Thursday, February 06, 2014
NORTHAMPTON — The city is preparing for a complete reconstruction this summer of Hinckley Street in Florence, which is described by the city’s senior civil engineer as a “moonscape” because of its crevasses and rough spots.
This is the latest in a series of high-profile road projects in Northampton after Conz and North streets and Kennedy Road were all reconstructed in recent years.
Hinckley Street’s reconstruction, with a roughly $1.5 million price tag, has been stalled for at least two decades due to a lack of funding. But the road’s deteriorating condition has moved it to the top of the city’s priority list, said David Veleta, a senior civil engineer at the Department of Public Works.
“The road is in dreadful condition,” Veleta said.
In addition to rebuilding and repaving the road, the project will include replacement of antiquated sewer, water and storm drain lines, some of which date back more than a century. The work will take place along Hinckley’s half-mile stretch of road between Riverside Drive to the south and South Main Street to the north.
The city is also proposing construction of a 5-foot sidewalk along Hinckley’s entire eastern side. An existing sidewalk that stretches from Riverside to Warner Street would be rebuilt, then extended from Warner to Nonotuck Street.
DPW officials are expected to outline a design for the project at a public meeting scheduled for 6 p.m. Feb. 18 at the Feiker School, 221 Riverside Drive.
In addition to new pavement, the project includes curbs on both sides of the street to improve drainage.
The city expects to seek bids this spring, with construction starting in July. Like the $2 million reconstruction of North Street, the work may stretch into next construction season, though Veleta said the goal is to have at least a bottom layer of pavement in place before the snow flies next winter.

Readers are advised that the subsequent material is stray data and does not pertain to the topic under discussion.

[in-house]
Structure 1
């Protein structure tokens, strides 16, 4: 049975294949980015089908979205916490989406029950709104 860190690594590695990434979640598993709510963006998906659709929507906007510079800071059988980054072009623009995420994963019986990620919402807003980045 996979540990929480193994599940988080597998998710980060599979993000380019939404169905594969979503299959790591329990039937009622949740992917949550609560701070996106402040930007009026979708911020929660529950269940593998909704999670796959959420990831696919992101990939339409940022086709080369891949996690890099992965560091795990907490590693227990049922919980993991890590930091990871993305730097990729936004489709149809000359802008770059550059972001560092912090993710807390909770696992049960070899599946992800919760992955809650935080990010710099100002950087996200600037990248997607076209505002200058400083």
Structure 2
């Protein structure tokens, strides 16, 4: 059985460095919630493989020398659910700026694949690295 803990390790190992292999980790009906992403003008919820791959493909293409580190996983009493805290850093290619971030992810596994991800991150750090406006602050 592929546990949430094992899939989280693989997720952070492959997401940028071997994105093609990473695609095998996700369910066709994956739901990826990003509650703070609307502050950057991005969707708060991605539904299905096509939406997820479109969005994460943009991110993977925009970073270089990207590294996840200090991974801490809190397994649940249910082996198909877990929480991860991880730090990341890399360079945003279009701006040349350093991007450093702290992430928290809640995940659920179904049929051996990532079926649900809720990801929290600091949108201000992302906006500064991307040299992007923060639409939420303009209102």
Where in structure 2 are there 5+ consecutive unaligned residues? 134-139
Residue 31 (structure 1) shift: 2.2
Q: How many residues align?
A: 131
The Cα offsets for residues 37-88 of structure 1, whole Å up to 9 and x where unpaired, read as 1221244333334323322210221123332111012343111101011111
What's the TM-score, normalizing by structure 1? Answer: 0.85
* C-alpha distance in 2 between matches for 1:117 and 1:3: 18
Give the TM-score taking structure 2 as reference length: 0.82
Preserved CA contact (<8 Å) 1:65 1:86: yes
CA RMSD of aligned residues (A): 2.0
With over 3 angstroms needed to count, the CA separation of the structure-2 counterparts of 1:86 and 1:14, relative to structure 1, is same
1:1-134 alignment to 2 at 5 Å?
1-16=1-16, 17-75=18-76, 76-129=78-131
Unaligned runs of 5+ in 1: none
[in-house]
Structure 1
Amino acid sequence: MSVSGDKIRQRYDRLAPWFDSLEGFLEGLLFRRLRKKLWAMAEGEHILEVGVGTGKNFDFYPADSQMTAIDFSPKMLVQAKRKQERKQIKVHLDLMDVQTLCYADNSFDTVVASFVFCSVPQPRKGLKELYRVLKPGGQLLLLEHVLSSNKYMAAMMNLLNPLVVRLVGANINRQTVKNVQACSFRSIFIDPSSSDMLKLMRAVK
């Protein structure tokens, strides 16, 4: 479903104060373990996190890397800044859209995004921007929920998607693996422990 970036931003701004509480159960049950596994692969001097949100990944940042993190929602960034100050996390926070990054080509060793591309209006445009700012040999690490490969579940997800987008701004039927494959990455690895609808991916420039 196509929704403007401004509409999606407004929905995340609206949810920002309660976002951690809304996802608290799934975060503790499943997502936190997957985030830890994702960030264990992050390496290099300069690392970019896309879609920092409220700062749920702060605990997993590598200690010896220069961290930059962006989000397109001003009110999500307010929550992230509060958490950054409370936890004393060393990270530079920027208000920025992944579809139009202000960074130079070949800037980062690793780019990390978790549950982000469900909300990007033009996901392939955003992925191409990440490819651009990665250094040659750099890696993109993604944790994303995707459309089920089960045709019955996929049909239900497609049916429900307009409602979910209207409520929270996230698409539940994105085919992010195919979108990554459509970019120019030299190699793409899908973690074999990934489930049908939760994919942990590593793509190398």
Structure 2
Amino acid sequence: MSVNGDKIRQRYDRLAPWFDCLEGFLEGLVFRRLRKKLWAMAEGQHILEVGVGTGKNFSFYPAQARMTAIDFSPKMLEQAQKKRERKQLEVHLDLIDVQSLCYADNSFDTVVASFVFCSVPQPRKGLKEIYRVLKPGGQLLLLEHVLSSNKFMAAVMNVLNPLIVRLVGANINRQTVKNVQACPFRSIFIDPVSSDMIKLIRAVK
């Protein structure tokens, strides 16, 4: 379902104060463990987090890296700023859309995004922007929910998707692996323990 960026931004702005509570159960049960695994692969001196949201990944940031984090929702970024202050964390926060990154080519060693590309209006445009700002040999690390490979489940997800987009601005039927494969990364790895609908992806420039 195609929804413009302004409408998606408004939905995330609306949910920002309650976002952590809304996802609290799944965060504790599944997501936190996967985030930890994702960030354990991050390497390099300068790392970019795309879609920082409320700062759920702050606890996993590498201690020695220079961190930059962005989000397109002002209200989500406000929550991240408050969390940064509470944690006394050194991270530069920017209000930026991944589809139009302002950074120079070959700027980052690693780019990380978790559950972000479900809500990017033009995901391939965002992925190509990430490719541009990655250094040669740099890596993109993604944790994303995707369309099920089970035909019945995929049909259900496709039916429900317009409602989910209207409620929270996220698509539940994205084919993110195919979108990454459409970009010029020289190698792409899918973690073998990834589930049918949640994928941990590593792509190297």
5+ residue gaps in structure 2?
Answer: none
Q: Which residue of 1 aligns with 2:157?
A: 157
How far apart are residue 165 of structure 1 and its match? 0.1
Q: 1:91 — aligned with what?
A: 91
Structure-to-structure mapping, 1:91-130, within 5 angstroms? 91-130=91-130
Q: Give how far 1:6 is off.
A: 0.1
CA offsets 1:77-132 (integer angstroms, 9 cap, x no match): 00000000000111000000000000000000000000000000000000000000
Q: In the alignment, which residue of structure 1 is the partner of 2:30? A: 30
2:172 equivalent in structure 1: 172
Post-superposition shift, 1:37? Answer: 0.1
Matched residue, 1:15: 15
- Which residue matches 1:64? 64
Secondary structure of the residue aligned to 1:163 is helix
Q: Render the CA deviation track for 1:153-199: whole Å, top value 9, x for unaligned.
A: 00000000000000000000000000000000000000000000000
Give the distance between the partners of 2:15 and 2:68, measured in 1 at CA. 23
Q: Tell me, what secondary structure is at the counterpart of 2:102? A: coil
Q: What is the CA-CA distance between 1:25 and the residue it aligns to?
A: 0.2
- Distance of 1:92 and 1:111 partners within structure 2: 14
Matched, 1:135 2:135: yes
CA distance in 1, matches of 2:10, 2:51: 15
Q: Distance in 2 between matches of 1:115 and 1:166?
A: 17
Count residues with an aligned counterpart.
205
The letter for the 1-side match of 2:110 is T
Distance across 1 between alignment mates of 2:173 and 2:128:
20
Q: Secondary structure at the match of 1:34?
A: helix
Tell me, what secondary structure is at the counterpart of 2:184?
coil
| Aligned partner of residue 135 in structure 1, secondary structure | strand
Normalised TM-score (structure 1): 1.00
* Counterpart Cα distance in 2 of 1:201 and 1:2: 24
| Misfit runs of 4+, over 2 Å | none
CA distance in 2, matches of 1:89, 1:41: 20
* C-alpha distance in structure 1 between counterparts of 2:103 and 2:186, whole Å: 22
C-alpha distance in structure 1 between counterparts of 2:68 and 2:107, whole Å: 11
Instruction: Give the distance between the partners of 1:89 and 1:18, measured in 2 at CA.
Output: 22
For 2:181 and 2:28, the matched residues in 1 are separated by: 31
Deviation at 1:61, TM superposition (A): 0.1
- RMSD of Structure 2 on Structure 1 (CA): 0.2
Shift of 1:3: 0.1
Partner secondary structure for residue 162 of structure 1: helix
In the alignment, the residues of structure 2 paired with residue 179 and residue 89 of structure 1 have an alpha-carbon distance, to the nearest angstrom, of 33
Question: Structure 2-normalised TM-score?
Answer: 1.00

The work will also include installation of a new water line on Winslow Avenue from Hinckley to Federal Street.
While lack of money has delayed Hinckley’s repair over the years, DPW officials have also wanted to ensure that there was enough money to replace the infrastructure under the street at the same time, rather than rebuilding the road and then having to tear it up to replace utilities or deal with broken pipe. A recent assessment of the city’s water pipes recommended upgrades to the water line under Hinckley Street, installed in the late 1880s.
“We’re trying to take a more holistic view in terms of what we’re trying to do with streets,” Veleta said.
Veleta anticipates that the project will not be as disruptive to the general public as the reconstruction of North Street, which acts as a popular shortcut, but the DPW and contractor will work to accommodate residents who will be affected by the project.
The city is still working on the design and welcomes comment on the plans at the Feb. 18 meeting cosponsored by the Bay State Village Association, Veleta said.
“The plans are definitely not set in stone and the intention of the meeting is to get some feedback,” he added.